After that, I didn’t hear anything about the cover for months, until last week, when I received the rather remarkable image that I posted yesterday. Looking at it now, I’m gratified by how much of my input was reflected in the final version, accidentally or otherwise, and how many of the novel’s themes are visible in one form or another. The Philadelphia Museum of Art is here, of course, as well as the red cross of the Rosicrucians, along with some Russian text—evidently a stock photo of an old manuscript, but still gorgeous—visible in the background. Above all, the title of the novel is beautifully rendered. (Incidentally, the meeting where the cover design was discussed was also where the subject of a possible title change was first raised, a fix I now wish I’d made years earlier.)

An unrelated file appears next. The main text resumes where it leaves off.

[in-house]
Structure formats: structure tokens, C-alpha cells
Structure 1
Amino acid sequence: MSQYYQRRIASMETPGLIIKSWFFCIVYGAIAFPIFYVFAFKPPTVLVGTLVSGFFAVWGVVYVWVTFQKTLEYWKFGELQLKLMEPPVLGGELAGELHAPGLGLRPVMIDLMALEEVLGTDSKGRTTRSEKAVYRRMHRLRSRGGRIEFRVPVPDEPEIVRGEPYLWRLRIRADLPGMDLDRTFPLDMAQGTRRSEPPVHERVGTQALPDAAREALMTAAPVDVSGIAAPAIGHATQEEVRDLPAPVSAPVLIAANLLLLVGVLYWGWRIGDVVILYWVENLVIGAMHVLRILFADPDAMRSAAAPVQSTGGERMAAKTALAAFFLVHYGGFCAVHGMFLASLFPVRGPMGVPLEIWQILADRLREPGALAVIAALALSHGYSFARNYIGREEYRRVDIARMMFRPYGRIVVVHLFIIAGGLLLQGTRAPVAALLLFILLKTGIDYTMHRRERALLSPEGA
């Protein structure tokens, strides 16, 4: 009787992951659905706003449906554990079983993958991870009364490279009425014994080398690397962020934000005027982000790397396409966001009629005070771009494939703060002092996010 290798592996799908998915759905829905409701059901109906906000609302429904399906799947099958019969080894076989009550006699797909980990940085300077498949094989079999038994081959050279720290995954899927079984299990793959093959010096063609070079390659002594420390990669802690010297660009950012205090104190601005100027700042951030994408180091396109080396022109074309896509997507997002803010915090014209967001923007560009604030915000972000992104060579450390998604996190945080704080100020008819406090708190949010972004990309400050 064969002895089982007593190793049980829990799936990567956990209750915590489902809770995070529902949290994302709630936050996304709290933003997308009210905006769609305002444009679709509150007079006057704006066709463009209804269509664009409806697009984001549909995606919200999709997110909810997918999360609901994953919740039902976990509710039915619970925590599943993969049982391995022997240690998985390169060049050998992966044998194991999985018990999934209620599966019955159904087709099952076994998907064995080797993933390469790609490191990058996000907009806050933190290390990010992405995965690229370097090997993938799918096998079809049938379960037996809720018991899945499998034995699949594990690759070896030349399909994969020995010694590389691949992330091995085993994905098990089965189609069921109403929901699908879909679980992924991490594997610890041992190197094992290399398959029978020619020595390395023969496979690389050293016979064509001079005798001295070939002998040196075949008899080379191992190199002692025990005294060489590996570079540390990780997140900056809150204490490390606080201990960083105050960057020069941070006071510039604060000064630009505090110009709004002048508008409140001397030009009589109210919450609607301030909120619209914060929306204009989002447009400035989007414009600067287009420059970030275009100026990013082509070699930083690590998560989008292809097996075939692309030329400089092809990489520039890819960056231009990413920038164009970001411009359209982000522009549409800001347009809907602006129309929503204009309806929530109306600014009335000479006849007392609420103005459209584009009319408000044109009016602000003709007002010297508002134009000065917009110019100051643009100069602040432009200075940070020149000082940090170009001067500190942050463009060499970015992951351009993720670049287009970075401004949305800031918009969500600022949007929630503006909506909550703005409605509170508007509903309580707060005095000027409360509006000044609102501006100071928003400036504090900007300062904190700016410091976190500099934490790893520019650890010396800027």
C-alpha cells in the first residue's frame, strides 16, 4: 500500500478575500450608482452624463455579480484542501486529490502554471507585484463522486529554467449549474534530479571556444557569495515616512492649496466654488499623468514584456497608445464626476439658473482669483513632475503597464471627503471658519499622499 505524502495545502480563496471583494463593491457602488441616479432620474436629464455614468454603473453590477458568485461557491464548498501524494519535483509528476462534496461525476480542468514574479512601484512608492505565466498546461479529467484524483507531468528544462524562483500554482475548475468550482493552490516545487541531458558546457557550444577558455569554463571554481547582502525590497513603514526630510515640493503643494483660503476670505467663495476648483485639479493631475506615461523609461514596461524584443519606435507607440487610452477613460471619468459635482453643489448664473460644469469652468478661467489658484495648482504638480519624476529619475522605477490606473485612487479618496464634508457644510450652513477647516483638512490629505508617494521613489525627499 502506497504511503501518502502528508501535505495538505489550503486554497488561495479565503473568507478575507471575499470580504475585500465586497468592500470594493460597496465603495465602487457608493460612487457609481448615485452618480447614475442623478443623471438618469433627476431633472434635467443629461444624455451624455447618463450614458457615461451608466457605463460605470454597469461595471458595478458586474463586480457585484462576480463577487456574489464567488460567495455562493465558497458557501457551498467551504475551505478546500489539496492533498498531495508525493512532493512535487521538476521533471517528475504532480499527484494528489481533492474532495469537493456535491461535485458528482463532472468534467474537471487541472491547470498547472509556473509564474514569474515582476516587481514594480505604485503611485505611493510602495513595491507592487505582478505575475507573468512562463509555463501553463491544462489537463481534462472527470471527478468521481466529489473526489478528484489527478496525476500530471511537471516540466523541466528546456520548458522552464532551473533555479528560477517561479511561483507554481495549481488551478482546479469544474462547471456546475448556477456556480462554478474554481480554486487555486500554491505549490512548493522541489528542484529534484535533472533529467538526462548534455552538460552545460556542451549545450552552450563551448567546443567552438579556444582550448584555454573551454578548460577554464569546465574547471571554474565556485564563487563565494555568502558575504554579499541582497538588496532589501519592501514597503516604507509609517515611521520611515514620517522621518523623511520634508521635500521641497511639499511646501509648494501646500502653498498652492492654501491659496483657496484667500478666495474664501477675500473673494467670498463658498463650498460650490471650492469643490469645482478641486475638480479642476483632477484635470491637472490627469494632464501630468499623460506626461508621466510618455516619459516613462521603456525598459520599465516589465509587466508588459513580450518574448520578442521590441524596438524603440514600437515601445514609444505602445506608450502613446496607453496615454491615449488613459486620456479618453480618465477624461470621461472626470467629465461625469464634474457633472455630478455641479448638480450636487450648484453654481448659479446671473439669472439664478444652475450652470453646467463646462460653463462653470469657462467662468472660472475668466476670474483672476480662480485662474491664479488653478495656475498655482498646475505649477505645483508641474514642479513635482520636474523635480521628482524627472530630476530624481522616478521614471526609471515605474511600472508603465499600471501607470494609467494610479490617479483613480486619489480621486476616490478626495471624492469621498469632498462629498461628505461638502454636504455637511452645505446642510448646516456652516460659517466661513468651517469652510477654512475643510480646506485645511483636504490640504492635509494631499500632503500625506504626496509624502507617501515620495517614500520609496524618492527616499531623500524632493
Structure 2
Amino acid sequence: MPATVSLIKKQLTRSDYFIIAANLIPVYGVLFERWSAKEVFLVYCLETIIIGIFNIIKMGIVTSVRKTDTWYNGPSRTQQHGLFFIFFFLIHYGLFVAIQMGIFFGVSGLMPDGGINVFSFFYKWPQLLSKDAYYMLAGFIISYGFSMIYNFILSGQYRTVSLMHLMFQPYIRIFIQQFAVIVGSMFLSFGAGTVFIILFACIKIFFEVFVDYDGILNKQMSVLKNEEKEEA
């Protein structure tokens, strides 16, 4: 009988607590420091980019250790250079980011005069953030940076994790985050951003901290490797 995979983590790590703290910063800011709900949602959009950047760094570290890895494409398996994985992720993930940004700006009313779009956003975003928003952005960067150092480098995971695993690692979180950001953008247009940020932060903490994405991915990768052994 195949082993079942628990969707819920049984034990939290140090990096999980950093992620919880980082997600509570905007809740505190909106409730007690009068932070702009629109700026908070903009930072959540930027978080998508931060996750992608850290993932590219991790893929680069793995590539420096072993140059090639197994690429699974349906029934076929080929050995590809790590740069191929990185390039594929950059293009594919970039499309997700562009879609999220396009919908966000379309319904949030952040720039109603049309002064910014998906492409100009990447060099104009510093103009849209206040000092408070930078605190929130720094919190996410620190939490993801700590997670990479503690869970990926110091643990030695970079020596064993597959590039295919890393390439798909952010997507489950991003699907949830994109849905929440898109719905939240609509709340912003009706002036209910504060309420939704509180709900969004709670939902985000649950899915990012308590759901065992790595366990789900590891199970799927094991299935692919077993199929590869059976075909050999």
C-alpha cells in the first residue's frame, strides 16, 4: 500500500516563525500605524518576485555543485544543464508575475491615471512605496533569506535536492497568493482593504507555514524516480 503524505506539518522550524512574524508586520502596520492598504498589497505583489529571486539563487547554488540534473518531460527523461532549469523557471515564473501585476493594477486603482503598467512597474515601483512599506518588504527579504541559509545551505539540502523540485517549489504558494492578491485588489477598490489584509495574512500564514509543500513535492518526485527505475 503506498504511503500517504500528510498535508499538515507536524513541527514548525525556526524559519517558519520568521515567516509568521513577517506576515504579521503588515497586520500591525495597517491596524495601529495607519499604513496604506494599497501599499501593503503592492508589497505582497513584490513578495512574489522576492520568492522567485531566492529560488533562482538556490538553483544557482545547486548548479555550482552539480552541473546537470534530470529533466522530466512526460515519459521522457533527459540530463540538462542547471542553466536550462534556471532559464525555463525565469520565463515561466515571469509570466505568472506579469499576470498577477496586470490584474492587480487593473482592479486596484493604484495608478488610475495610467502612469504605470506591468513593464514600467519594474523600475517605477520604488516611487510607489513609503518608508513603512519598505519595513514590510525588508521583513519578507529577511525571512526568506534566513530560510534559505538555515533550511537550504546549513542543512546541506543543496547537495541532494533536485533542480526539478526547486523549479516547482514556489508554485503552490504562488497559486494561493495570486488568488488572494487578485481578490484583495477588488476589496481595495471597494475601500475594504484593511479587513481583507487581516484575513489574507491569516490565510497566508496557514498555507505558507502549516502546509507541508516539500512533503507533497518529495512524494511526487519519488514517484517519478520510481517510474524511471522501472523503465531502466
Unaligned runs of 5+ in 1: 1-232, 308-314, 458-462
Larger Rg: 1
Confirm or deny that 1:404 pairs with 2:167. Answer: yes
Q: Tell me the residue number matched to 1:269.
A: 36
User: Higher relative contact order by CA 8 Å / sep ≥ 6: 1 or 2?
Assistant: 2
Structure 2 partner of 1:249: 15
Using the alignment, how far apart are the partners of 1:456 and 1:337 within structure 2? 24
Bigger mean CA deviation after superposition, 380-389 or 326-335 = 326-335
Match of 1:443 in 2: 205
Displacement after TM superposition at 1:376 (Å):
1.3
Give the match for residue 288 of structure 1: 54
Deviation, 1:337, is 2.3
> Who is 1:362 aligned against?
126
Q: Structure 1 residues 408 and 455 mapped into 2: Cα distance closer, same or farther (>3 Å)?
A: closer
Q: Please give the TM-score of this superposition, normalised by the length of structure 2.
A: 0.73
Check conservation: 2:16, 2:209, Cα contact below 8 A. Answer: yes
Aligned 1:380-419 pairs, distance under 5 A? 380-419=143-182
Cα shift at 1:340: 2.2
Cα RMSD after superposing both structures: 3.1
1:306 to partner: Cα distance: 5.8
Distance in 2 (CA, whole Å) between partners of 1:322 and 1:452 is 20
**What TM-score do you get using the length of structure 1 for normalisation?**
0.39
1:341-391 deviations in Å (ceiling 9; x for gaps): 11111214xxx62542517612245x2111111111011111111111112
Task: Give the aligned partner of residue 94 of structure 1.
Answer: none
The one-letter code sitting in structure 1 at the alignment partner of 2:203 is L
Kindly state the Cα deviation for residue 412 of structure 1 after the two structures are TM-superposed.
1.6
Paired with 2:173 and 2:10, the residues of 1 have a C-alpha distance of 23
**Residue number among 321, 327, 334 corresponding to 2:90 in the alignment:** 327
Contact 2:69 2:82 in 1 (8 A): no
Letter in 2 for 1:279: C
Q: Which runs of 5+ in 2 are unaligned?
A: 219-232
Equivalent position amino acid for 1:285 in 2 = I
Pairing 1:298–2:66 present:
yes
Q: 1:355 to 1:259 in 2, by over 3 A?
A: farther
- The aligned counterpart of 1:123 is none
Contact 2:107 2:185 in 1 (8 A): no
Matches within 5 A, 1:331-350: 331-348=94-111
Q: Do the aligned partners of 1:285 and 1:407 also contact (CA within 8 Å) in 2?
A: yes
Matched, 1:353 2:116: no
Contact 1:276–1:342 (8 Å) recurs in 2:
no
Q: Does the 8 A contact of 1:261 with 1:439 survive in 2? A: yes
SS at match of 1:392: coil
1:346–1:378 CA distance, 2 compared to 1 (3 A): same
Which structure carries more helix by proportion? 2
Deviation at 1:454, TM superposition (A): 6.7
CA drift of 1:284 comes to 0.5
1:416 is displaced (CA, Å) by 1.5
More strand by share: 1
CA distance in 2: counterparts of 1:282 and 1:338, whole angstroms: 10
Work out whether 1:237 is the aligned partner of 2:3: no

As for the other symbols, they were chosen more for their visual impact than anything else, although they contain subtle messages of their own. The cherub on the upper right looks ahead to House of Passages, the second installment in the series, in which cherubim of a very different kind play an important symbolic role. On the upper left, we have a view of Peles Castle in Romania, which doesn’t figure in the story yet, but may have a role to play in the future, as the action of the series moves ever eastward. As for the red cross…well, this is an extremely important symbol, and its true significance won’t become clear to readers of the novel until almost the very last page. For now, though, you’ll have to wait a bit longer.

Written by nevalalee

July 20, 2011 at 9:52 am